The Burning of Highlander Center: a Fascist-like Attack

Photo Source Highlander Center Twitter Cover

The deadly racist spree in Charlottesville in 2017 and the killing of 11 congregants at the Tree of Life Synagogue in Pittsburg in 2018 were fire bells in the night. Another rang out in New Market, Tennessee on March 29 as the main building at the Highlander Research and Education Center burned to the ground, along with archives.

In the nearby parking lot, someone spray-painted a symbol associated with Romania’s fascist Iron Guard movement of the 1930s. That symbol appeared on a gun used by the shooter in the recent Christchurch, New Zealand massacre.  The Highlander Center issued a statement April 2 declaring its awareness that the white power movement has been increasing and consolidating power across the South, across this nation, and globally.”

The Highlander Center, operating since 1962, is the successor to the Highlander Folk School in Monteagle, Tennessee, founded by Myles Horton in 1932, together with educator Don West. Fire, presumably arson, destroyed the buildings of the Folk School in 1961. State authorities, acting out of racism and anti-communism, had just closed it. Until his death in 1990, Horton led both the Folk School and the Center.

The Highlander Center, according to its website, “serves as a catalyst for grassroots organizing and movement building in Appalachia and the South. We work with people fighting for justice, equality and sustainability, supporting their efforts to take collective action to shape their own destiny.” Based in Knoxville until 1971 and thereafter in New Market, the Center has addressed strip mining and immigrant rights

Right-wing elements had targeted the Highlander Research and Education Center before, especially during its stay in Knoxville in the 1960s. Historian John Glen describes “a KKK parade past the center, repeated vandalism, firebombs, burglaries, gunshots.” Harassment apparently diminished afterwards.

Attacks against the Highlander Folk School, predecessor of the Highlander Center, dwarfed what would follow. They were verbal and visual more than physical. The Folk School experienced virulent racist and anti-communist assaults put forth in the press and by southern politicians.  Myles Horton faced inquisitions in appearances before the Senate Internal Security Subcommittee and the Tennessee state legislature. Later on, the state’s Supreme Court used a flimsy pretext in ordering the Folk School to be closed.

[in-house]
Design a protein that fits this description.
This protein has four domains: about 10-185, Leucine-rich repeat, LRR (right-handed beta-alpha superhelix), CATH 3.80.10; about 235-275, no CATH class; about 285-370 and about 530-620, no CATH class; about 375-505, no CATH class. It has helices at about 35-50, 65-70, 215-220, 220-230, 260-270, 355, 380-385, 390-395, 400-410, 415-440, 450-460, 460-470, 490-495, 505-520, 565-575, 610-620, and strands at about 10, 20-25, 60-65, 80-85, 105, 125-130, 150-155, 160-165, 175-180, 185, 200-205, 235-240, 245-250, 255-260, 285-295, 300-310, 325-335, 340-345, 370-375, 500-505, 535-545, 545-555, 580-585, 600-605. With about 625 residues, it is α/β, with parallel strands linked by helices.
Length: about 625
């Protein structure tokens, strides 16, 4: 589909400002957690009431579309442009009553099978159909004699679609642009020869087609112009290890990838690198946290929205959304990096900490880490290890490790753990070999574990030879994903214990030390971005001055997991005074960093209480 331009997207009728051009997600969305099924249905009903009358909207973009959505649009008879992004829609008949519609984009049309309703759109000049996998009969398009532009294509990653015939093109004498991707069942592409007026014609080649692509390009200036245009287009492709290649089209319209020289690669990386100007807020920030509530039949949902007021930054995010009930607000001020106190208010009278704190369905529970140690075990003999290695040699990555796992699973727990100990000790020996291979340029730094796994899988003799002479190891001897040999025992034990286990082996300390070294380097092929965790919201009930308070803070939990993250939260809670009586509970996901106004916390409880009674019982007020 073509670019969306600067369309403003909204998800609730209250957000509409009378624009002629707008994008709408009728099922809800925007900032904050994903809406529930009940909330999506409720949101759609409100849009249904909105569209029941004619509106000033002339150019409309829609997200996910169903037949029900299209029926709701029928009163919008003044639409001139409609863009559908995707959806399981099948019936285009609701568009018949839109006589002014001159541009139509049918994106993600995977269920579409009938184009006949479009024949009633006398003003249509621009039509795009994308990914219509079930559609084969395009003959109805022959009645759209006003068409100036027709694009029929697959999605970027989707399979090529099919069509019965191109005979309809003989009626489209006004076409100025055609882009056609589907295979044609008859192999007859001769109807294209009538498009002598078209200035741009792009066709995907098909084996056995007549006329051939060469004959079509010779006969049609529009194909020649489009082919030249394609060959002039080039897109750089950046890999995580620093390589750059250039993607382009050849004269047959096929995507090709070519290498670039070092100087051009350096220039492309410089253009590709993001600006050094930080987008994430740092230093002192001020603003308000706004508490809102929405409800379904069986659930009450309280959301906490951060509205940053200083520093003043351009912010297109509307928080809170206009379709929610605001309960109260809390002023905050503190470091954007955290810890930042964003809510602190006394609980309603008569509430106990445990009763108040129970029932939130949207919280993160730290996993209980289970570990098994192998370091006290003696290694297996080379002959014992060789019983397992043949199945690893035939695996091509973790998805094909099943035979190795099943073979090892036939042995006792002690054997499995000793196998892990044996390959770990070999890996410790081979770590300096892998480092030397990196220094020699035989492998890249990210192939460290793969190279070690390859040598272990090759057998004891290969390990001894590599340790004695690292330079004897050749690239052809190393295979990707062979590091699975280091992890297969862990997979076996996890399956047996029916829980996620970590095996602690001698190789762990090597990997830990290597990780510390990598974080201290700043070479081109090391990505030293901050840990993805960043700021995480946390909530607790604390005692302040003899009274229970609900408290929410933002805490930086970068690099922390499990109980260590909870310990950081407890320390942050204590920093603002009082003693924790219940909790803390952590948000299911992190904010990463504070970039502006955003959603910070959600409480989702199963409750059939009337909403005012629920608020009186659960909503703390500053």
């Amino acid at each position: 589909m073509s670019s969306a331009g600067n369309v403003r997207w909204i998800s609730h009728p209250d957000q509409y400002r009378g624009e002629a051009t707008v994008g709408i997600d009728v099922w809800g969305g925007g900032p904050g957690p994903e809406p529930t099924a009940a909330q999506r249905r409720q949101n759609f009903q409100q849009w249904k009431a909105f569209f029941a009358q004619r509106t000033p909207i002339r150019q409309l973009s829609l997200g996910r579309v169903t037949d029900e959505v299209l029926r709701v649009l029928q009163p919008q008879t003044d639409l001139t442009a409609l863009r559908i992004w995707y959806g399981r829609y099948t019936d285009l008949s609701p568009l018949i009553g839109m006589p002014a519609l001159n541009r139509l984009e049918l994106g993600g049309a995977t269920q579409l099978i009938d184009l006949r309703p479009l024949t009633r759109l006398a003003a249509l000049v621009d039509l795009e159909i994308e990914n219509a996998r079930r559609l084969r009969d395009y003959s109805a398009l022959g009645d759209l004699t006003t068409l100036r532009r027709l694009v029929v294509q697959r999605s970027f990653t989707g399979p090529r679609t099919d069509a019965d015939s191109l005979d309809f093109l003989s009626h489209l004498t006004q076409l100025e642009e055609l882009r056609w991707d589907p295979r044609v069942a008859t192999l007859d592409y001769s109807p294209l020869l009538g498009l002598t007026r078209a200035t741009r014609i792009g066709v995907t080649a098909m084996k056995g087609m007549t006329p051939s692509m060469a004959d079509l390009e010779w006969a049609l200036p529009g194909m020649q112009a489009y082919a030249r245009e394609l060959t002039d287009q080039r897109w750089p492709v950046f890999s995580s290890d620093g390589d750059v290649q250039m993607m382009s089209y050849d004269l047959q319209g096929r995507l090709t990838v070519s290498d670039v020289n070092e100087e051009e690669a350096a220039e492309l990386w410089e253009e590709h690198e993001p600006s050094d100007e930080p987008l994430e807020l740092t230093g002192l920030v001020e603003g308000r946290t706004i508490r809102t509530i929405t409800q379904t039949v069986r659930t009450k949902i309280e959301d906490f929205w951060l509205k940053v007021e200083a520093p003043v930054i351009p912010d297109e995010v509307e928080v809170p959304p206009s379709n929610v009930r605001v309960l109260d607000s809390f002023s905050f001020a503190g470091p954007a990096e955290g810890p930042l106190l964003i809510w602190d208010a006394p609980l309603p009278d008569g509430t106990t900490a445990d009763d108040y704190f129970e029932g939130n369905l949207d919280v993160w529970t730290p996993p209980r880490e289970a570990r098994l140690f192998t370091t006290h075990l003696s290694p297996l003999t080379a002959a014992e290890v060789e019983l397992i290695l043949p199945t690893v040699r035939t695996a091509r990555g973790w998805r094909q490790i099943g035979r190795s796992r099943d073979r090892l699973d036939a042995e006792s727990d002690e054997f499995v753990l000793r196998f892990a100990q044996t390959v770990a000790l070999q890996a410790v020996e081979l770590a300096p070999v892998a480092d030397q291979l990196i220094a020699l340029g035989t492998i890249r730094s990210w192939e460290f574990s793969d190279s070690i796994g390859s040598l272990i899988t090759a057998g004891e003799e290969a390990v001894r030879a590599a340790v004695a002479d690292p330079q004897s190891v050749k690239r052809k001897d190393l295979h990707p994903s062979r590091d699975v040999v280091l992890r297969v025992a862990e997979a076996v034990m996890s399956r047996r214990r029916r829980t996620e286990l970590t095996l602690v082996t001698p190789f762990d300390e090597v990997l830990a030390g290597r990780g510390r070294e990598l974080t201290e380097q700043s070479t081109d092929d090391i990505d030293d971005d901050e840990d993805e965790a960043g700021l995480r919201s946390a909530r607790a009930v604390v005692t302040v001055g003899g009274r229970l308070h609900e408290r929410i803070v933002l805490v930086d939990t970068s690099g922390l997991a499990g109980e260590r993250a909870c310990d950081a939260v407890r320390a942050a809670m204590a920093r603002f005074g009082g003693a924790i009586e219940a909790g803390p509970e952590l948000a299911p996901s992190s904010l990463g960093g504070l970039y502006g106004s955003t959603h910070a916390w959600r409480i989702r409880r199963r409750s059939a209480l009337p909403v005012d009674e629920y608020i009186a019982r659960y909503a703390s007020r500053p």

Animosity at the upper levels of southern society was on display in the pamphlet “Highlander Folk School: Communist Training School,” published by the Georgia Commission on Education. It featured one picture of Martin Luther King Jr. and another of a black man dancing with a white woman. King was attending the Folk School’s 25thanniversary in 1957 as the main speaker. Both images went up on roadside billboards throughout the region.

Question: did the hatred of that earlier period have momentum enough to incite the arson attack in New Market? And: what did the Highlander Folk School and the Highlander Center do in their respective periods to provoke extremist reactions?

In its time and in the southeastern United States, the Highlander Folk School epitomized determined advocacy for racial and labor justice. Beginning in the 1930s Myles Horton and colleagues intervened in coal and textile strikes near and far throughout the region and did so carrying the message of black and white unity. The Folk School enabled Septima Clark and others to spread “citizenship schools” throughout the South. That project contributed mightily to civil rights agitation gaining steam at the time. The Folk School convened sessions on organizing for key leaders in that struggle, notably Rosa Parks, Martin Luther King Jr., Anne Braden, and members of the Student Non-violent Coordinating Committee.

As regards its work and coping with opposition, the Highlander Research and Educational Center has maintained a relatively low public profile. But two items do crop up as possibly of interest to extremists, especially ones who don’t forget. One is the Center’s program of “Living Legacy” that takes young people on summer tours in order to “connect with” the “fights, struggles, and victories of people working in the 1950s-60s … to the work of young people fighting against the same injustices, in the South, today.”

And the Center’s recruitment of “Greensboro Justice Fund Fellows” evokes vivid recall of deadly violence.  The Center periodically trains five young people as organizers to honor and carry on the work” of five “community organizers” murdered in Greensboro, North Carolina in 1979 by the Ku Klux Klan and Nazis – while the police looked on. Four of the five were members of the Communist Workers Party.  The perpetrators gained acquittals in two criminal trials. A judgment in a civil suit required damages to be paid. The Center uses such funds to maintain the fellowship program.

National and regional politicians seem not to have commented on the destruction of the Highlander Center. Finding and punishing perpetrators would be a step toward preventing future attacks. In that regard, the Trump administration may not be helpful. The Department of Homeland Security has reassigned domestic terrorism analysts, according to the Daily Beast. DHS reports on homegrown terrorism received by at least one police department, that of Los Angeles, “have dried up in recent months.”

Most significantly, those behind the attack look to be aligned with a dangerously extremist international movement. Causes of that phenomenon may relate to serious instability afflicting governments and the world economy. Short of that, William Faulkner is heard: The past is never dead. It’s not even past.”

W.T. Whitney Jr. is a retired pediatrician and political journalist living in Maine.